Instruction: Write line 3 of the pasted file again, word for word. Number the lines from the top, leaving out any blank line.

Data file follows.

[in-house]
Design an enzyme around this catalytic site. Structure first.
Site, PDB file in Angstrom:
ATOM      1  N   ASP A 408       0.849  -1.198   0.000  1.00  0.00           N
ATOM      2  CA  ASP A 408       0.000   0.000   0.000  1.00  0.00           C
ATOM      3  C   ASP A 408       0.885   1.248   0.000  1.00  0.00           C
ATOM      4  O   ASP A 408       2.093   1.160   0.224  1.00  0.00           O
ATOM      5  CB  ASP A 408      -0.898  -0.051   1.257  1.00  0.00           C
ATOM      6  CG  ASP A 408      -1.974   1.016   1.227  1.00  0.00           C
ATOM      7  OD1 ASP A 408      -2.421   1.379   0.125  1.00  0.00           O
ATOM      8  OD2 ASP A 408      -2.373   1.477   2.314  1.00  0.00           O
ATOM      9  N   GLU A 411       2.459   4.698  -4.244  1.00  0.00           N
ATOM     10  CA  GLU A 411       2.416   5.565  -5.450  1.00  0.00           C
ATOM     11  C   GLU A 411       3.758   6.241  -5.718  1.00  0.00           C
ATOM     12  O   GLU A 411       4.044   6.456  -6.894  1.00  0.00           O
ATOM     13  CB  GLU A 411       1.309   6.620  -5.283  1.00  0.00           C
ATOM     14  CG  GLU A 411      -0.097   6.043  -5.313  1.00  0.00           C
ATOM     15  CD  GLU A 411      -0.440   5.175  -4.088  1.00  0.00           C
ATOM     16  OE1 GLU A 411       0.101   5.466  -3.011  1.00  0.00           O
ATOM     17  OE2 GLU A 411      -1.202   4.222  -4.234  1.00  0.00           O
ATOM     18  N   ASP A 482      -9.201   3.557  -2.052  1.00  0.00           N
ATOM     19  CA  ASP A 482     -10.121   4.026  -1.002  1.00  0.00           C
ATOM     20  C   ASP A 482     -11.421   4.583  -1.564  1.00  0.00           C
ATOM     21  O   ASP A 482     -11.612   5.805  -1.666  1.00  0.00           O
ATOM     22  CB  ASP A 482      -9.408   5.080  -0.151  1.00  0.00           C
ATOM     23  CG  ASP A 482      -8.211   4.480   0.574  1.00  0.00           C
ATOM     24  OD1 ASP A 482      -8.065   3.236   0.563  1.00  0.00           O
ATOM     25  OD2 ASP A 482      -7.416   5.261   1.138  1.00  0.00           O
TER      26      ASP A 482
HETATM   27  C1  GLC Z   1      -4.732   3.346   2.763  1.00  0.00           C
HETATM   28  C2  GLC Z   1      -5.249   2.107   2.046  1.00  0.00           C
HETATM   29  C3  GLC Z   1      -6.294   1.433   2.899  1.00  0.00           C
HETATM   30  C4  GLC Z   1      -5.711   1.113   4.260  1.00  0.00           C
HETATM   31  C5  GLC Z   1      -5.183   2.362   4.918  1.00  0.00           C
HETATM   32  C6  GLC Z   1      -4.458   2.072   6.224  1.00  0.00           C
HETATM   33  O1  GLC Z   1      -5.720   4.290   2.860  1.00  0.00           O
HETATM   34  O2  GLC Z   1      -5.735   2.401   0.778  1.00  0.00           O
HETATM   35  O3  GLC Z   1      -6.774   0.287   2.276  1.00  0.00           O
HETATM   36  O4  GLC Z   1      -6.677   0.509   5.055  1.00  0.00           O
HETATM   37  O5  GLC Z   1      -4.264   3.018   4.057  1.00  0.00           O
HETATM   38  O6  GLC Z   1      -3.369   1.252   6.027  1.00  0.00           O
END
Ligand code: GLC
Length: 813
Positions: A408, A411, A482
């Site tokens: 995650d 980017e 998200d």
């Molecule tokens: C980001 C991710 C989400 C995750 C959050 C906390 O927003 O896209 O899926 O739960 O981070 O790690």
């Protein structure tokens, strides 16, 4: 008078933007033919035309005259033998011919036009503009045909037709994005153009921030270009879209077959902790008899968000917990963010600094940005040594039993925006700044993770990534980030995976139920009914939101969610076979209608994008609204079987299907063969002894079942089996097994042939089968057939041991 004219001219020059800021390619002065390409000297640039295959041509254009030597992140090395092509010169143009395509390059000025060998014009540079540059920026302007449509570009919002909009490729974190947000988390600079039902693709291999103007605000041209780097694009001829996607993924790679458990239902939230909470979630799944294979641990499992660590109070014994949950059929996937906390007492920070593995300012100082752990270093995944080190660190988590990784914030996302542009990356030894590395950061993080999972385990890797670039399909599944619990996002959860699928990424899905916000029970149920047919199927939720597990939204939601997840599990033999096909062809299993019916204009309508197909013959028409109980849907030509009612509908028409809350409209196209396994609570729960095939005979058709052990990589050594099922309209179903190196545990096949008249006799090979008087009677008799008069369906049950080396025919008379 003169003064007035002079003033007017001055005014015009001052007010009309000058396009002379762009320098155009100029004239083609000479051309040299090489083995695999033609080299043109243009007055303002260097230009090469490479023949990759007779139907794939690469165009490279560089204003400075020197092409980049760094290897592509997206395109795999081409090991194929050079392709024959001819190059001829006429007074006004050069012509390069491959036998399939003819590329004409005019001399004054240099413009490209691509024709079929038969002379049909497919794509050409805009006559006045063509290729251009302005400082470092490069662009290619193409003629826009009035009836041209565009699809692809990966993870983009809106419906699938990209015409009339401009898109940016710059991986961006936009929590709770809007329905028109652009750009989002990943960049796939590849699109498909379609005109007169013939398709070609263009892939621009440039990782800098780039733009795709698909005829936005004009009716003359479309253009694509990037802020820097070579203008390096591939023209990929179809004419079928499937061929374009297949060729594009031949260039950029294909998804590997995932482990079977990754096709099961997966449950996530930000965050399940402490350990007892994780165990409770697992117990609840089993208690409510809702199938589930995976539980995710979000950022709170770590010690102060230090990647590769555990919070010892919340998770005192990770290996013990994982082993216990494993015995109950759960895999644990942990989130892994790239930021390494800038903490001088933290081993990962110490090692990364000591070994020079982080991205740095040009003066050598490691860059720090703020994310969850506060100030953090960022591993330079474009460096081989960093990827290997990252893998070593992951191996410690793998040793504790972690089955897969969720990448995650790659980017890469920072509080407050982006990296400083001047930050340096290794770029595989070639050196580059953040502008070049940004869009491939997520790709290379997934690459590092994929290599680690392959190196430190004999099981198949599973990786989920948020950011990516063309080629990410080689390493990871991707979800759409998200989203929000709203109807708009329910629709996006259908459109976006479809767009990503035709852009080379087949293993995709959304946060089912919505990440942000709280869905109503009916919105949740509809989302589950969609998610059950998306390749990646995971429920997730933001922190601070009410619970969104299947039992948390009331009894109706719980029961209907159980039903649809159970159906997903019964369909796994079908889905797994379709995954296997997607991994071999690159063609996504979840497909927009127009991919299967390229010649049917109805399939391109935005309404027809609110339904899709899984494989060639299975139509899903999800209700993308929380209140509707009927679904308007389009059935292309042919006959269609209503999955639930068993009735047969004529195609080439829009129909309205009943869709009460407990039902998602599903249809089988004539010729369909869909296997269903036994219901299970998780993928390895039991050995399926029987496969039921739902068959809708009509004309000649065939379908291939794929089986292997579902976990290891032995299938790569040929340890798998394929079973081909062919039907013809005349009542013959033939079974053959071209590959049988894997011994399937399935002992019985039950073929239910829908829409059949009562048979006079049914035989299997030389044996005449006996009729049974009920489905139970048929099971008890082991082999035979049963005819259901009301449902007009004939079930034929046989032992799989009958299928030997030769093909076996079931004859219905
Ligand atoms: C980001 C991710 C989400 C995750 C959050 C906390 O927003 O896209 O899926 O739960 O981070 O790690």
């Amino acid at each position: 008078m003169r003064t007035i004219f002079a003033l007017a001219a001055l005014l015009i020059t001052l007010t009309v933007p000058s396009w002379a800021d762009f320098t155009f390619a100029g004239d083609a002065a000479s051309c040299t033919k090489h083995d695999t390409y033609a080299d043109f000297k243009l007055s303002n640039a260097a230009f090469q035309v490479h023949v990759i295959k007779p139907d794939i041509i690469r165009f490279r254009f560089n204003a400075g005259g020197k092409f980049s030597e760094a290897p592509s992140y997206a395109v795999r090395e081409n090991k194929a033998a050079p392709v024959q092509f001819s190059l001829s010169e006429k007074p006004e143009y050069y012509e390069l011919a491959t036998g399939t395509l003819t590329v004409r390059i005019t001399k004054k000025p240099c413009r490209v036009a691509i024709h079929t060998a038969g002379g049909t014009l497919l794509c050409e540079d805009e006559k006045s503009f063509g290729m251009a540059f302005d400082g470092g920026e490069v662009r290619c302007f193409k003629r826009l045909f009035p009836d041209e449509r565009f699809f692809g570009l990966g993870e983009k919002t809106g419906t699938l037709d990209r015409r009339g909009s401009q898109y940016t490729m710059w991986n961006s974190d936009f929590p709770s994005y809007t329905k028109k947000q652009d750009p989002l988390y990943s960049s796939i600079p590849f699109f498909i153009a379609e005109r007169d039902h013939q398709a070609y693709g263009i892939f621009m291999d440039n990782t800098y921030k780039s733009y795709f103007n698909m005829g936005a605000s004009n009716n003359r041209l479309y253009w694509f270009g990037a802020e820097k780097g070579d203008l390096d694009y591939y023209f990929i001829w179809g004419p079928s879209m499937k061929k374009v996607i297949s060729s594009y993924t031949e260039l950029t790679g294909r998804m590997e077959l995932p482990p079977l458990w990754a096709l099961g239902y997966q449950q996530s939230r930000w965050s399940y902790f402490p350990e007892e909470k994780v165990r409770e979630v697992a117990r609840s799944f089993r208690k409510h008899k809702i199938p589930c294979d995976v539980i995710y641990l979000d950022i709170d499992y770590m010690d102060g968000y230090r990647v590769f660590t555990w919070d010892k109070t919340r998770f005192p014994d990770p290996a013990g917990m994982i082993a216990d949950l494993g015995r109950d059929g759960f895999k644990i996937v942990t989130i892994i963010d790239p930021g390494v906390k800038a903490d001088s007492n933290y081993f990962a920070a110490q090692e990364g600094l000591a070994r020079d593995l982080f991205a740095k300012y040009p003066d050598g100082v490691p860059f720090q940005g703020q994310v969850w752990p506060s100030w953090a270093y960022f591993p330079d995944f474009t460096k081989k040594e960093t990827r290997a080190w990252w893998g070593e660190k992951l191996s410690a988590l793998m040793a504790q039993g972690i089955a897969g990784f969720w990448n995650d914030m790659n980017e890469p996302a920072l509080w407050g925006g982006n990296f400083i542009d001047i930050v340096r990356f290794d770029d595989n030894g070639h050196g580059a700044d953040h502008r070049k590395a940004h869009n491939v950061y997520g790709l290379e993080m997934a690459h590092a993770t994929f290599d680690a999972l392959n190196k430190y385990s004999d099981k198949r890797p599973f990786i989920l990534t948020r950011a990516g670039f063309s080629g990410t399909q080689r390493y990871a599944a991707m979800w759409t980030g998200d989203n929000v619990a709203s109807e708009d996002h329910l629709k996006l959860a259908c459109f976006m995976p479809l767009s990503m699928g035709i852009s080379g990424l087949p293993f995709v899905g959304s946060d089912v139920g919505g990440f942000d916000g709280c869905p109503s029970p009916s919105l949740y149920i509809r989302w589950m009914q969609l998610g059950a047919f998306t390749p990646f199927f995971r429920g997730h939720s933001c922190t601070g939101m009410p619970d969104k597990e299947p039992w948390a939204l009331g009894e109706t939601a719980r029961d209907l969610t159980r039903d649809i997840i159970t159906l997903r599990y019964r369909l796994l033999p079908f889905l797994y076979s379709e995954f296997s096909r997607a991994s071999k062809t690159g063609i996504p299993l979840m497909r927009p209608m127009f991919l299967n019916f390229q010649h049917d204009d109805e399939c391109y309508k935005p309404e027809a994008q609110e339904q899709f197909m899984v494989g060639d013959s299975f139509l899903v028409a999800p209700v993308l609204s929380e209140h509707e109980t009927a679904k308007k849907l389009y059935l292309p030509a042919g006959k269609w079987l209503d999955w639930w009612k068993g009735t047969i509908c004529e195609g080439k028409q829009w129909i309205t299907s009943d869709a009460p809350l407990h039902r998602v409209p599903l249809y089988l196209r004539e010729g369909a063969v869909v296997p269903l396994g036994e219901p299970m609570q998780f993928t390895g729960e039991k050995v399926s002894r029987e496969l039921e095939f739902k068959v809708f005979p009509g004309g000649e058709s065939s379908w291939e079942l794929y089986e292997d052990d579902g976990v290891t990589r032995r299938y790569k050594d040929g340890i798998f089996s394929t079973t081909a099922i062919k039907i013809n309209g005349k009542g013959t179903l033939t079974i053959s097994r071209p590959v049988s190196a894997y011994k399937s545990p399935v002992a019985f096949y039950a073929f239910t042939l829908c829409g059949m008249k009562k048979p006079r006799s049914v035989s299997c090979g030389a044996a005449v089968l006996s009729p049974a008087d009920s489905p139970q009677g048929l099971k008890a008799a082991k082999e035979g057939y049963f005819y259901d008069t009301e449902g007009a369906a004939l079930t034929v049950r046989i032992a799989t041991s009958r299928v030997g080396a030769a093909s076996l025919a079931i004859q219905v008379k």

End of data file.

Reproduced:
Site, PDB file in Angstrom: